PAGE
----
Types of Heart Disease
In the United States, 25% of women die from heart disease. Coronary heart disease (CHD)—the most common type—is the number one cause of mortality in women.
Other types of heart disease that pose risks mainly for women, such as coronary microvascular disease (MVD) and broken heart syndrome, are not as well understood as CHD. These diseases are continuing to be researched.
Coronary Heart Disease
CHD is a disease in which plaque builds up on the inner walls of the coronary arteries—the arteries responsible for carrying richly oxygenated blood to your heart. When plaque builds in the arteries, the condition is called atherosclerosis.
Plaque is made up of calcium, cholesterol, fat and some other substances found in blood. As time passes, plaque might harden or rupture. Hardened plaque narrows the coronary arteries and therefore reduces the flow of oxygen-rich blood to the heart, causing chest pain or discomfort and is known angina. If plaque ruptures, a blood clot might form on its surface. If this clot is big enough, it is possible that it will completely block blood flow through a coronary artery. This is the most common cause of heart attacks.
In addition to leading to angina and heart attack, Coronary Heart Disease can lead to heart failure, irregular heartbeats (arrhythmias) or sudden cardiac arrest. (SCA).
Coronary Microvascular Disease
Coronary MVD (or cardiac syndrome X or nonobstructive CHD ) affects the heart's tiny arteries. In coronary MVD, the walls of the heart's tiny arteries are damaged or diseased. Women are more likely than men to have this disease. Some research suggest that coronary MVD can be caused by a reduction in estrogen levels during menopause in combination with other heart disease.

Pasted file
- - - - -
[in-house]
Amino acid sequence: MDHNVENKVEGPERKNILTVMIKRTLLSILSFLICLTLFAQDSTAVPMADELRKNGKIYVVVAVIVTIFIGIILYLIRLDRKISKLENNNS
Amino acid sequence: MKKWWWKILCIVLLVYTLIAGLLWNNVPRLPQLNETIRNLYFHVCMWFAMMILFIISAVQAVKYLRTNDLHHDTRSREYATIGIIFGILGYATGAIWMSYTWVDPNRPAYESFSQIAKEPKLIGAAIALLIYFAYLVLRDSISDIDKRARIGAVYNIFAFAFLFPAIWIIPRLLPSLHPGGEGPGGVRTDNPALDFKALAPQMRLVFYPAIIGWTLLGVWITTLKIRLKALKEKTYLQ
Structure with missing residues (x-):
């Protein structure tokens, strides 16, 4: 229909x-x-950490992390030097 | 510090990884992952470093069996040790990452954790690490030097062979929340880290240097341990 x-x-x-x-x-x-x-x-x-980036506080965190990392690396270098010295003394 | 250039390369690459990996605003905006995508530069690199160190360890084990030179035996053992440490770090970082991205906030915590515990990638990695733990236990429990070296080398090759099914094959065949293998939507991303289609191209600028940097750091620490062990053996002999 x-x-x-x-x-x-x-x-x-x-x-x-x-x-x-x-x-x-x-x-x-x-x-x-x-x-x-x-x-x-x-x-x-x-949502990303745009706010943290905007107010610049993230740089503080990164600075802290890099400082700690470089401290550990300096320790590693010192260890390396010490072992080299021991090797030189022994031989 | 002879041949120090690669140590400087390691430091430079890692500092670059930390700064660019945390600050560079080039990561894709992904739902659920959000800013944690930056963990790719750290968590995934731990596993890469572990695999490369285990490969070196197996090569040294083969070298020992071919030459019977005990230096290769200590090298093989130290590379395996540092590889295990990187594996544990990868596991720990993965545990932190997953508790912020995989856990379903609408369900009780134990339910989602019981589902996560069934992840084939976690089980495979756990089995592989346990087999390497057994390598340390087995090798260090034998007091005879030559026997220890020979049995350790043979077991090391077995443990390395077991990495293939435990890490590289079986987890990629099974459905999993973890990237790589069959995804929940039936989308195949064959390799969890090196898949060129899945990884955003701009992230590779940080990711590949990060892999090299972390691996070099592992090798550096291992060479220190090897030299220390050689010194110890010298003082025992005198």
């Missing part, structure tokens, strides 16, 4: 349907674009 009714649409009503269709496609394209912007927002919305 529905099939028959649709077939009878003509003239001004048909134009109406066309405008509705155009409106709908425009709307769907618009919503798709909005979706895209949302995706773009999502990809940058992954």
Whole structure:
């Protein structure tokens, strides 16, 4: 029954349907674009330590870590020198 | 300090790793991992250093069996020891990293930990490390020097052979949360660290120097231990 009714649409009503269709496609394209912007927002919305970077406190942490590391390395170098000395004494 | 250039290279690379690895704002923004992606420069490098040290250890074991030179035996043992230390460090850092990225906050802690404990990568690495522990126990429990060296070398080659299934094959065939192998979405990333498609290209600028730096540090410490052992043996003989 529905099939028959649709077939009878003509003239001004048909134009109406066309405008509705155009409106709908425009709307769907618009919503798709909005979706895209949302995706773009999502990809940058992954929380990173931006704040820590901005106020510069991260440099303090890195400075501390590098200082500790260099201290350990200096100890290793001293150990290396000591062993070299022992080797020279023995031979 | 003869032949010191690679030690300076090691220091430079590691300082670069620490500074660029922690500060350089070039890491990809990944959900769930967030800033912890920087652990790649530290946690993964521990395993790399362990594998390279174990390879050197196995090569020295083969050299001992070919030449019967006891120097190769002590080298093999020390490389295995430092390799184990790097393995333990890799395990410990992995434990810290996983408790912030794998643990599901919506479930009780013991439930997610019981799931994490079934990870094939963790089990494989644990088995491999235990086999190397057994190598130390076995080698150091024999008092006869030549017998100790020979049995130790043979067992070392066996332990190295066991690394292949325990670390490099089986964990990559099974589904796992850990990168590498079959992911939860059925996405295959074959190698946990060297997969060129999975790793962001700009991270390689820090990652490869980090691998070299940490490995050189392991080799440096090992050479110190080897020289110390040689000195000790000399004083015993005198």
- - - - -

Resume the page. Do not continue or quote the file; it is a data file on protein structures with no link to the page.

Although death rates from heart disease have dropped in the last 30 years, they haven't dropped as much in women as in men. This may be the result of coronary MVD. Standard tests for CHD are not designed to detect coronary MVD so test results for women who have coronary MVD may inaccurately show that they are at low risk.
Congestive Heart Failure
Congestive heart failure is the end result of many forms of heart disease. It is very difficult to treat with pharmaceuticals or surgery but Transcendental Meditation may be an effective intervention that can change the course of this condition. Research on the TM technique conducted at the University of Pennsylvania showed that those who were already using conventional treatments for heart failure and then added TM practice twice daily experienced significant improvements such as greater functional capacity. This study, published in Ethnicity and Disease, showed improvement—after only three months of TM practice—in various parameters of congestive heart failure such as exercise tolerance.
Broken Heart Syndrome
Women are more likely than men to have broken heart syndrome (stress-induced cardiomyopathy or takotsubo cardiomyopathy). This disease can occur when extreme emotional stress leads to severe (though often only short-term) heart muscle failure. It may be misdiagnosed as a heart attack because of its similar symptoms and test results. There won’t be evidence of blocked heart arteries, however, and most women will recover fully and quickly.
Prescription for heart health
Fortunately, one can control many risk factors (conditions or personal habits that raise your risk level) for new or worsening coronary heart disease. Lifestyle changes, including practice of the Transcendental Meditation technique, can lower your risk.